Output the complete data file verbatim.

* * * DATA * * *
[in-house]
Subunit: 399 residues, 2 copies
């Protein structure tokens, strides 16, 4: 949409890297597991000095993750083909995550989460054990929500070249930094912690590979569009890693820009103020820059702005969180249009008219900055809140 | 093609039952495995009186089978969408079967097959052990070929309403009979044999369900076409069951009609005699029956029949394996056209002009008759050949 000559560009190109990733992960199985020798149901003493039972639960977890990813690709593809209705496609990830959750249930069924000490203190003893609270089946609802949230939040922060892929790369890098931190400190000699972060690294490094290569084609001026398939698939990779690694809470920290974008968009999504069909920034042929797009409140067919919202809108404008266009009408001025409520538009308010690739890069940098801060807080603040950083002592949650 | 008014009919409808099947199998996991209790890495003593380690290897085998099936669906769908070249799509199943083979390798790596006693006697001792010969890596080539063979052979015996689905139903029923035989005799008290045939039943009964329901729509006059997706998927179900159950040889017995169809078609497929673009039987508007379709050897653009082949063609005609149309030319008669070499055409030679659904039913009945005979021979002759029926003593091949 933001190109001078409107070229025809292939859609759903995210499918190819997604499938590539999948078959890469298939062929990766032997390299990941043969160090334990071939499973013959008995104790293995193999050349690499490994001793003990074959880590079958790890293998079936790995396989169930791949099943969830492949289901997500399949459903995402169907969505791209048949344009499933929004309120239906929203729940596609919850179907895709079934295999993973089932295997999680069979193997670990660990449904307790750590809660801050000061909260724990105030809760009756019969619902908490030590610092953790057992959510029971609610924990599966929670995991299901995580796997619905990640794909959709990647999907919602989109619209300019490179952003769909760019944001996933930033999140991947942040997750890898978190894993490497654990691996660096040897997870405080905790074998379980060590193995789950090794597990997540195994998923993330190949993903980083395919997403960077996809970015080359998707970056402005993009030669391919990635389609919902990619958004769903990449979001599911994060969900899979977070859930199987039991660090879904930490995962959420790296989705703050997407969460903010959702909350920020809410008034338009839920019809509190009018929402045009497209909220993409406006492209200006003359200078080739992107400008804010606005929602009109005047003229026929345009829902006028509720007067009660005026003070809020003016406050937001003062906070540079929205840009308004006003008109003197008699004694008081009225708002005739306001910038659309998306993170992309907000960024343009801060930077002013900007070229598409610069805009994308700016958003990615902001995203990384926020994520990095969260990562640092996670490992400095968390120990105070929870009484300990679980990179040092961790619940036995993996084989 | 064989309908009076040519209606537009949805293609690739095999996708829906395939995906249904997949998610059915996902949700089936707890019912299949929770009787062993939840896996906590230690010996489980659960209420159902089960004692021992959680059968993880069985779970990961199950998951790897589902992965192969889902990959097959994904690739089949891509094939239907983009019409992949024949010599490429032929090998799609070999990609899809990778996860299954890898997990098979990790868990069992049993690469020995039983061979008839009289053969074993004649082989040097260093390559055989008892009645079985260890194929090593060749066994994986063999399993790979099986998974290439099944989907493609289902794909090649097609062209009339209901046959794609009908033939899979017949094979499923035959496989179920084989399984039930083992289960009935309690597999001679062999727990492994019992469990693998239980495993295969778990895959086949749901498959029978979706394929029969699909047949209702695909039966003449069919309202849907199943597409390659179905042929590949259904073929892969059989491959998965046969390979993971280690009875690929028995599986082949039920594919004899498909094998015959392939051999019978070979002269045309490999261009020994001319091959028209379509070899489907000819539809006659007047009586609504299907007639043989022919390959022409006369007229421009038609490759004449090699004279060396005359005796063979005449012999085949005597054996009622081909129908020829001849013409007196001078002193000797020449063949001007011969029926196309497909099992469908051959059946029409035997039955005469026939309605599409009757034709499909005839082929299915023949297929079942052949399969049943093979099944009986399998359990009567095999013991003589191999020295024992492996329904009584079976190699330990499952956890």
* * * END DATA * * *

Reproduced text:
[in-house]
Subunit: 399 residues, 2 copies
């Protein structure tokens, strides 16, 4: 949409890297597991000095993750083909995550989460054990929500070249930094912690590979569009890693820009103020820059702005969180249009008219900055809140 | 093609039952495995009186089978969408079967097959052990070929309403009979044999369900076409069951009609005699029956029949394996056209002009008759050949 000559560009190109990733992960199985020798149901003493039972639960977890990813690709593809209705496609990830959750249930069924000490203190003893609270089946609802949230939040922060892929790369890098931190400190000699972060690294490094290569084609001026398939698939990779690694809470920290974008968009999504069909920034042929797009409140067919919202809108404008266009009408001025409520538009308010690739890069940098801060807080603040950083002592949650 | 008014009919409808099947199998996991209790890495003593380690290897085998099936669906769908070249799509199943083979390798790596006693006697001792010969890596080539063979052979015996689905139903029923035989005799008290045939039943009964329901729509006059997706998927179900159950040889017995169809078609497929673009039987508007379709050897653009082949063609005609149309030319008669070499055409030679659904039913009945005979021979002759029926003593091949 933001190109001078409107070229025809292939859609759903995210499918190819997604499938590539999948078959890469298939062929990766032997390299990941043969160090334990071939499973013959008995104790293995193999050349690499490994001793003990074959880590079958790890293998079936790995396989169930791949099943969830492949289901997500399949459903995402169907969505791209048949344009499933929004309120239906929203729940596609919850179907895709079934295999993973089932295997999680069979193997670990660990449904307790750590809660801050000061909260724990105030809760009756019969619902908490030590610092953790057992959510029971609610924990599966929670995991299901995580796997619905990640794909959709990647999907919602989109619209300019490179952003769909760019944001996933930033999140991947942040997750890898978190894993490497654990691996660096040897997870405080905790074998379980060590193995789950090794597990997540195994998923993330190949993903980083395919997403960077996809970015080359998707970056402005993009030669391919990635389609919902990619958004769903990449979001599911994060969900899979977070859930199987039991660090879904930490995962959420790296989705703050997407969460903010959702909350920020809410008034338009839920019809509190009018929402045009497209909220993409406006492209200006003359200078080739992107400008804010606005929602009109005047003229026929345009829902006028509720007067009660005026003070809020003016406050937001003062906070540079929205840009308004006003008109003197008699004694008081009225708002005739306001910038659309998306993170992309907000960024343009801060930077002013900007070229598409610069805009994308700016958003990615902001995203990384926020994520990095969260990562640092996670490992400095968390120990105070929870009484300990679980990179040092961790619940036995993996084989 | 064989309908009076040519209606537009949805293609690739095999996708829906395939995906249904997949998610059915996902949700089936707890019912299949929770009787062993939840896996906590230690010996489980659960209420159902089960004692021992959680059968993880069985779970990961199950998951790897589902992965192969889902990959097959994904690739089949891509094939239907983009019409992949024949010599490429032929090998799609070999990609899809990778996860299954890898997990098979990790868990069992049993690469020995039983061979008839009289053969074993004649082989040097260093390559055989008892009645079985260890194929090593060749066994994986063999399993790979099986998974290439099944989907493609289902794909090649097609062209009339209901046959794609009908033939899979017949094979499923035959496989179920084989399984039930083992289960009935309690597999001679062999727990492994019992469990693998239980495993295969778990895959086949749901498959029978979706394929029969699909047949209702695909039966003449069919309202849907199943597409390659179905042929590949259904073929892969059989491959998965046969390979993971280690009875690929028995599986082949039920594919004899498909094998015959392939051999019978070979002269045309490999261009020994001319091959028209379509070899489907000819539809006659007047009586609504299907007639043989022919390959022409006369007229421009038609490759004449090699004279060396005359005796063979005449012999085949005597054996009622081909129908020829001849013409007196001078002193000797020449063949001007011969029926196309497909099992469908051959059946029409035997039955005469026939309605599409009757034709499909005839082929299915023949297929079942052949399969049943093979099944009986399998359990009567095999013991003589191999020295024992492996329904009584079976190699330990499952956890």